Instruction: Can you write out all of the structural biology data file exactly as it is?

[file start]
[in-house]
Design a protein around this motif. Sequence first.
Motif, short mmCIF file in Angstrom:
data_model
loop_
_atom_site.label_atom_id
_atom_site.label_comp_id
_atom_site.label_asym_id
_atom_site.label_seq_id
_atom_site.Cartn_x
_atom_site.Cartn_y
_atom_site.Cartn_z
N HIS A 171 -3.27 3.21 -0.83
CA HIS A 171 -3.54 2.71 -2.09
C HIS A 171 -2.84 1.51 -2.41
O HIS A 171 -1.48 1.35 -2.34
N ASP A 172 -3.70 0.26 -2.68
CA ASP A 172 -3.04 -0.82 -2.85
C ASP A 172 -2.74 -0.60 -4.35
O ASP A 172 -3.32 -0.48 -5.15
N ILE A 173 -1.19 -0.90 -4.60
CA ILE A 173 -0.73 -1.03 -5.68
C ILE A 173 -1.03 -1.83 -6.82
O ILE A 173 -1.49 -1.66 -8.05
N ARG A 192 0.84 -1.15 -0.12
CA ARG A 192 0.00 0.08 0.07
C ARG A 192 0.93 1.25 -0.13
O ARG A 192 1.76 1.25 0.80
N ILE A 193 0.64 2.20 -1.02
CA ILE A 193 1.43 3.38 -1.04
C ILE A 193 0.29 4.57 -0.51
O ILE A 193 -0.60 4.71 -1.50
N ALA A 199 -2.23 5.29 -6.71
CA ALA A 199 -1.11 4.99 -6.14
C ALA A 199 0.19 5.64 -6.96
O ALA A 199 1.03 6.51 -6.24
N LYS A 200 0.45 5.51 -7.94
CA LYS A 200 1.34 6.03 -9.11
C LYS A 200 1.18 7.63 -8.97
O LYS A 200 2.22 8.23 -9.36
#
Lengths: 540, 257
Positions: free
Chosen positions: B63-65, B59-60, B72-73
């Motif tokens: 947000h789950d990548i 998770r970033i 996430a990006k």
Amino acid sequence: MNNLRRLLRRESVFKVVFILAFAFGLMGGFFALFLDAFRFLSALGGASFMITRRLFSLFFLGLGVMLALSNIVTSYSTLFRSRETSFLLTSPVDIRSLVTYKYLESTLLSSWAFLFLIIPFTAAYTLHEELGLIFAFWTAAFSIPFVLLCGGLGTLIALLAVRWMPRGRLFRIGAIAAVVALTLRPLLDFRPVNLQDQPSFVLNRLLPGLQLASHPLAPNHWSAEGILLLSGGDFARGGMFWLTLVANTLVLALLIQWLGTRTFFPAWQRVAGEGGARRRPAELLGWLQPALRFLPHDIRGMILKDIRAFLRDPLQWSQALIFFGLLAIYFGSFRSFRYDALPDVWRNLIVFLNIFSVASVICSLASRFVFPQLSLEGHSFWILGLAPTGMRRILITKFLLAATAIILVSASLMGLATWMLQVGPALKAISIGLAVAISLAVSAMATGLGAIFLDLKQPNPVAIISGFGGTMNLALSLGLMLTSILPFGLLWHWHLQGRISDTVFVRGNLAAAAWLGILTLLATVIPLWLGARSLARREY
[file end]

[in-house]
Design a protein around this motif. Sequence first.
Motif, short mmCIF file in Angstrom:
data_model
loop_
_atom_site.label_atom_id
_atom_site.label_comp_id
_atom_site.label_asym_id
_atom_site.label_seq_id
_atom_site.Cartn_x
_atom_site.Cartn_y
_atom_site.Cartn_z
N HIS A 171 -3.27 3.21 -0.83
CA HIS A 171 -3.54 2.71 -2.09
C HIS A 171 -2.84 1.51 -2.41
O HIS A 171 -1.48 1.35 -2.34
N ASP A 172 -3.70 0.26 -2.68
CA ASP A 172 -3.04 -0.82 -2.85
C ASP A 172 -2.74 -0.60 -4.35
O ASP A 172 -3.32 -0.48 -5.15
N ILE A 173 -1.19 -0.90 -4.60
CA ILE A 173 -0.73 -1.03 -5.68
C ILE A 173 -1.03 -1.83 -6.82
O ILE A 173 -1.49 -1.66 -8.05
N ARG A 192 0.84 -1.15 -0.12
CA ARG A 192 0.00 0.08 0.07
C ARG A 192 0.93 1.25 -0.13
O ARG A 192 1.76 1.25 0.80
N ILE A 193 0.64 2.20 -1.02
CA ILE A 193 1.43 3.38 -1.04
C ILE A 193 0.29 4.57 -0.51
O ILE A 193 -0.60 4.71 -1.50
N ALA A 199 -2.23 5.29 -6.71
CA ALA A 199 -1.11 4.99 -6.14
C ALA A 199 0.19 5.64 -6.96
O ALA A 199 1.03 6.51 -6.24
N LYS A 200 0.45 5.51 -7.94
CA LYS A 200 1.34 6.03 -9.11
C LYS A 200 1.18 7.63 -8.97
O LYS A 200 2.22 8.23 -9.36
#
Lengths: 540, 257
Positions: free
Chosen positions: B63-65, B59-60, B72-73
């Motif tokens: 947000h789950d990548i 998770r970033i 996430a990006k």
Amino acid sequence: MNNLRRLLRRESVFKVVFILAFAFGLMGGFFALFLDAFRFLSALGGASFMITRRLFSLFFLGLGVMLALSNIVTSYSTLFRSRETSFLLTSPVDIRSLVTYKYLESTLLSSWAFLFLIIPFTAAYTLHEELGLIFAFWTAAFSIPFVLLCGGLGTLIALLAVRWMPRGRLFRIGAIAAVVALTLRPLLDFRPVNLQDQPSFVLNRLLPGLQLASHPLAPNHWSAEGILLLSGGDFARGGMFWLTLVANTLVLALLIQWLGTRTFFPAWQRVAGEGGARRRPAELLGWLQPALRFLPHDIRGMILKDIRAFLRDPLQWSQALIFFGLLAIYFGSFRSFRYDALPDVWRNLIVFLNIFSVASVICSLASRFVFPQLSLEGHSFWILGLAPTGMRRILITKFLLAATAIILVSASLMGLATWMLQVGPALKAISIGLAVAISLAVSAMATGLGAIFLDLKQPNPVAIISGFGGTMNLALSLGLMLTSILPFGLLWHWHLQGRISDTVFVRGNLAAAAWLGILTLLATVIPLWLGARSLARREY